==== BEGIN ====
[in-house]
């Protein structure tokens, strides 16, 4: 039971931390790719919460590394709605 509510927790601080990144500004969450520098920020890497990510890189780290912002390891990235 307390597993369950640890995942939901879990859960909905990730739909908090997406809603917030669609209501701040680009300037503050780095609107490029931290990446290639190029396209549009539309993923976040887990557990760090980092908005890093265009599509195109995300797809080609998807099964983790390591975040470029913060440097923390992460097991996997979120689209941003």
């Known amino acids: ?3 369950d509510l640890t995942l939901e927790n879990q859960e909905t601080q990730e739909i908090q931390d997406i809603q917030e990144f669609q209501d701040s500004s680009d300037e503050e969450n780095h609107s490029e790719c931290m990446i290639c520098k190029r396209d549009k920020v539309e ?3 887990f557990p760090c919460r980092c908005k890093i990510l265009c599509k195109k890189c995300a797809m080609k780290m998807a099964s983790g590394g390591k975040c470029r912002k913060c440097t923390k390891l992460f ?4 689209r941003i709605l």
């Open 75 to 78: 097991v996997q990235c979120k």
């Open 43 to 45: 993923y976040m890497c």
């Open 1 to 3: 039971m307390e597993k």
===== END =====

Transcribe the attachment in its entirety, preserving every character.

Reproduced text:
[in-house]
């Protein structure tokens, strides 16, 4: 039971931390790719919460590394709605 509510927790601080990144500004969450520098920020890497990510890189780290912002390891990235 307390597993369950640890995942939901879990859960909905990730739909908090997406809603917030669609209501701040680009300037503050780095609107490029931290990446290639190029396209549009539309993923976040887990557990760090980092908005890093265009599509195109995300797809080609998807099964983790390591975040470029913060440097923390992460097991996997979120689209941003």
């Known amino acids: ?3 369950d509510l640890t995942l939901e927790n879990q859960e909905t601080q990730e739909i908090q931390d997406i809603q917030e990144f669609q209501d701040s500004s680009d300037e503050e969450n780095h609107s490029e790719c931290m990446i290639c520098k190029r396209d549009k920020v539309e ?3 887990f557990p760090c919460r980092c908005k890093i990510l265009c599509k195109k890189c995300a797809m080609k780290m998807a099964s983790g590394g390591k975040c470029r912002k913060c440097t923390k390891l992460f ?4 689209r941003i709605l």
């Open 75 to 78: 097991v996997q990235c979120k």
């Open 43 to 45: 993923y976040m890497c």
């Open 1 to 3: 039971m307390e597993k």